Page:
Paris´ Finest Fromageries – A Cheese Tour of the Capital

Parisian Cheeses

Paris is famous for many things: iconic architecture, romantic vistas, world renowned museums, chic locals and, of course, mouthwatering cuisine. And there is no foodstuff more synonymous with Paris than cheese, in all its rich, decadent glory.

If you’ve enjoyed a cheeseboard somewhere in the world then the chances are you’ve tasted a French cheese – but did you know that there are around 350-450 distinct types of French cheeses available, with each region having a whole host of its own fabulous fromages?

A culinary journey through Paris

It’s easy to get overwhelmed by the choice (and sometimes smell) of French cheese, so join us on a journey of discovery, where we will unearth the capital city’s most prized cheesemongers: from traditional family-run fromageries to crowdfunded urban cheese projects in the heart of Paris.

Paris’ Finest Fromageries

Alléosse
“Cheese-making is a part of French heritage, with age-old traditions and unmatched know-how,” says Monsieur Alléosse, purveyor of quality cheese at his eponymous Parisian fromagerie. Located close to the Arc de Triomphe – and just 10 minutes’ walk from the Radisson Blu Champs-Elysées – Alléosse is an authentic cheesemonger focused on preserving age-old traditions. Monsieur Alléosse works hard to support local producers, and also has cave facilities where he matures his cheese using traditional methods, resulting in the finest artisan fromage. His bestsellers are Comté, Camembert and Reblochon, but you must try his famous ‘Le Mystére d’Ambert’, a classic Fourme D’Ambert enriched with nuts, raisins and a top secret ingredient.
13 Rue Poncelet, 75017

Chez Virginie
Virginie Boularouah, a third generation cheesemonger, is at the helm of this spectacular cheese shop in Montmartre, having taken over the business from her father in 1995. Her passion for the product is clear: she travels across the country meeting producers and farmers (some of whom she’s known her whole life) to source the best and most interesting cheeses in France for her customers. The shop also sits atop state-of-the-art curing cellars, allowing Virginie to ensure the product she sells remains perfect. Interestingly, the store only sells raw milk cheeses, but this has no impact on the delicious offerings available to buy.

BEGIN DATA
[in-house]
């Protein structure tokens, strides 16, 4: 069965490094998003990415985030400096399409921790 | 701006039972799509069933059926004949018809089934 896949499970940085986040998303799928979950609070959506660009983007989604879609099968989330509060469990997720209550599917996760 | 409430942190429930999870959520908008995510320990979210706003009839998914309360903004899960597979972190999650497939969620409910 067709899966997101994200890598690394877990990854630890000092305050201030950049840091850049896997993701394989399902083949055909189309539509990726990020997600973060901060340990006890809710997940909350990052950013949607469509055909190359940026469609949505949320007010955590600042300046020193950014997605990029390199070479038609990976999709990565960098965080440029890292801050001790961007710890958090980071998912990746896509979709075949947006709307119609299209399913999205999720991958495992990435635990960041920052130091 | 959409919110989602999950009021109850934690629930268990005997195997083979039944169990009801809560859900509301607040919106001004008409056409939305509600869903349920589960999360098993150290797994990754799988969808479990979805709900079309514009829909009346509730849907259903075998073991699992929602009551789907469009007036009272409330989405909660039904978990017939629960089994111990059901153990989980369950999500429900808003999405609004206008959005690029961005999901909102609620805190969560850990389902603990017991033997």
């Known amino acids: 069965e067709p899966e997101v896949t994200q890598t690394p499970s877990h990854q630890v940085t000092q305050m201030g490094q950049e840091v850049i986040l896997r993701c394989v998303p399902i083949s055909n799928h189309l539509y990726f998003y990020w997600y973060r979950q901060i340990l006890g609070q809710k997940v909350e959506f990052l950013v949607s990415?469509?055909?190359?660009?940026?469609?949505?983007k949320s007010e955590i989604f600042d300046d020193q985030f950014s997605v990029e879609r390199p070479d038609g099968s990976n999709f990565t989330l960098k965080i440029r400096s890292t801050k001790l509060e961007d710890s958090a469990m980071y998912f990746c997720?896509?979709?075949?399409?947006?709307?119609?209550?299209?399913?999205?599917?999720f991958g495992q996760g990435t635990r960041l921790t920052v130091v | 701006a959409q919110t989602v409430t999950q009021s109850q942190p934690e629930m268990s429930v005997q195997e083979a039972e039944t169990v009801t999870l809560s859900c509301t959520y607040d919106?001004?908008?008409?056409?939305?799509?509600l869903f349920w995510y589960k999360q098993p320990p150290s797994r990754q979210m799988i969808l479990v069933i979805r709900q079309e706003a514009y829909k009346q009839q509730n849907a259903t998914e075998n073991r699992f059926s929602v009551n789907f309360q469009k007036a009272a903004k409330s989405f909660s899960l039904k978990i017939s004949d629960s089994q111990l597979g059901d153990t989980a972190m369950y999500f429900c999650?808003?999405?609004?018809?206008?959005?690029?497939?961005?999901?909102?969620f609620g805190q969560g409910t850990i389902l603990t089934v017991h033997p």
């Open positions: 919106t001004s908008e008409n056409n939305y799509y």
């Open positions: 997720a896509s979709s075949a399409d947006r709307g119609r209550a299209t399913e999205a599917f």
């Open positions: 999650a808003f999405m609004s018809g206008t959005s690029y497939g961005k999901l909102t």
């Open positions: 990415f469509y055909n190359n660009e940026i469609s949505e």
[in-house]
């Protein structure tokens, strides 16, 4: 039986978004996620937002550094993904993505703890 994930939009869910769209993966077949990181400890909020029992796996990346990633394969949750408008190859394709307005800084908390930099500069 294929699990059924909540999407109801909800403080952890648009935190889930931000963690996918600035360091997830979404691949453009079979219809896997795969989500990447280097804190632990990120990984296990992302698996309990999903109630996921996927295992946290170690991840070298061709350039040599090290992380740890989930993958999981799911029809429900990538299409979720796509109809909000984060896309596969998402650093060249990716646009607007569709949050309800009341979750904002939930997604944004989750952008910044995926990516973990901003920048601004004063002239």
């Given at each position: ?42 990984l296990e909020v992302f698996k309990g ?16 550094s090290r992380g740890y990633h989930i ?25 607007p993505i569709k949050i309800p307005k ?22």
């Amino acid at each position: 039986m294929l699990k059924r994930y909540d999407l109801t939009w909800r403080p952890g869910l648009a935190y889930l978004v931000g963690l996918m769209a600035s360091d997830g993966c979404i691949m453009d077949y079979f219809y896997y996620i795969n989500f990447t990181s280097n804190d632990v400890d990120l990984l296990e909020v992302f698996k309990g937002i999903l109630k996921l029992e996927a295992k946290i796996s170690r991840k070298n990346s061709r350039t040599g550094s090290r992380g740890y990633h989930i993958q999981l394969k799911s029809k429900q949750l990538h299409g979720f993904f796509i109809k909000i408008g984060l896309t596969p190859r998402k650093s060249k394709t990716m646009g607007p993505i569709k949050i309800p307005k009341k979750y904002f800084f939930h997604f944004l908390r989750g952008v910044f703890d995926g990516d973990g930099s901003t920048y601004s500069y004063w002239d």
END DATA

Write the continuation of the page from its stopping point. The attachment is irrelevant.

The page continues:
54 Rue Damrémont, 75018

La Ferme Saint Hubert
With an on-street display case set up outside, La Ferme Saint Hubert entices passers-by to wander in and peruse their wares. Indoors, alongside an incredible choice of cheese displayed behind a glass cabinet, this store also sells a wide selection of cured meats, chutneys, canned goods and bread – making it the perfect place to visit if you’re planning a picnic or a trip to a friend’s for ‘apéros’.
36 Rue Rochechouart, 75009

Barthelémy
This tiny, traditional cheese shop is said to sell cheese to members of the French State, and is a favorite of French actresses Charlotte Gainsbourg and Catherine Deneuve. With clientele like that you know it’s going to be good, and expensive. The owner, Madame Barthelémy, is quite a character, but her knowledge of cheese is astounding. Try the house specialty, a fluffy Fontainebleau, or ask about her seasonal specials.
51 Rue de Grenelle, 75007

Laurent Dubois
This sleek and stylish chain of fromageries is named after owner Laurent Dubois, who was awarded the Meilleur Ouvrier de France (a prestigious title awarded to exemplary craftsmen by the French Government) in 2000. His reputation, along with his inventive creations, means that at the weekend you will regularly find queues out the door. Try one of Laurent’s extra old Comtés, or a delicious stuffed Camembert.
47 Ter Boulevard Saint-Germain, 75005
97-99 Rue Saint Antoine, 75004
2 Rue de Lourmel, 75015

La Laiterie de Paris
Young cheesemaker Pierre Coulon has a dream: to produce a delicious French cheese in the middle of metropolitan Paris. The ambitious cheesemonger once worked at one of Paris’ top cheese shops, and – after traveling the world on a cheese and milk tour – decided to launch a crowdfunding campaign to create Paris’ first cheese workshop. So far, he’s raised the initial €40000 required to buy the equipment for his premises in the 18th arrondissement, and hopes his venture will become a place much-loved by locals. Watch this space!

Tell us what you think